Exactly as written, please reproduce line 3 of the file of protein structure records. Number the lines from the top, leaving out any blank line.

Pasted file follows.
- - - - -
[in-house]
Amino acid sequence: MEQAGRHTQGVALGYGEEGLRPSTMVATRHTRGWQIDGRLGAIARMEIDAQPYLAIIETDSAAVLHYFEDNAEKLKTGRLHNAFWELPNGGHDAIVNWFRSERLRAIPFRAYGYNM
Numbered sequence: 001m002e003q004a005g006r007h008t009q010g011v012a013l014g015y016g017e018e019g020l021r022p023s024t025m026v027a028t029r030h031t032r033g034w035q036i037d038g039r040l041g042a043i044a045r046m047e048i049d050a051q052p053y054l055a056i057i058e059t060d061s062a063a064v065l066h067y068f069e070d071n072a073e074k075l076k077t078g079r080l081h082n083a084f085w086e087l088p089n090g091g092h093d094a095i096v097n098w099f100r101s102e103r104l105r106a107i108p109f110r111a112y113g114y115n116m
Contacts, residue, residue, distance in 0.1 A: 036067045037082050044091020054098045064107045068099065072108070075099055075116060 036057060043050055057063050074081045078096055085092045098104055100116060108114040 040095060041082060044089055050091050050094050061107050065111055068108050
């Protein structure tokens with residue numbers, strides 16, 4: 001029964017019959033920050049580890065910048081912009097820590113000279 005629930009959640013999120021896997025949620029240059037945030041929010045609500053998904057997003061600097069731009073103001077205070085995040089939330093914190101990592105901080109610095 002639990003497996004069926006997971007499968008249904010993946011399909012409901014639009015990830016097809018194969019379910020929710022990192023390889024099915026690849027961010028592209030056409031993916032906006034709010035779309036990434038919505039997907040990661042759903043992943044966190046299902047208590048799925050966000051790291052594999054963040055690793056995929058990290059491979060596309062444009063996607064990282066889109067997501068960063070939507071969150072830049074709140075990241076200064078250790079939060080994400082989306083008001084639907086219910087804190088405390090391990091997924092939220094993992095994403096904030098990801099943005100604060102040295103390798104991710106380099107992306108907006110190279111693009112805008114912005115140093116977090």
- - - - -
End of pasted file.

Numbered sequence: 001m002e003q004a005g006r007h008t009q010g011v012a013l014g015y016g017e018e019g020l021r022p023s024t025m026v027a028t029r030h031t032r033g034w035q036i037d038g039r040l041g042a043i044a045r046m047e048i049d050a051q052p053y054l055a056i057i058e059t060d061s062a063a064v065l066h067y068f069e070d071n072a073e074k075l076k077t078g079r080l081h082n083a084f085w086e087l088p089n090g091g092h093d094a095i096v097n098w099f100r101s102e103r104l105r106a107i108p109f110r111a112y113g114y115n116m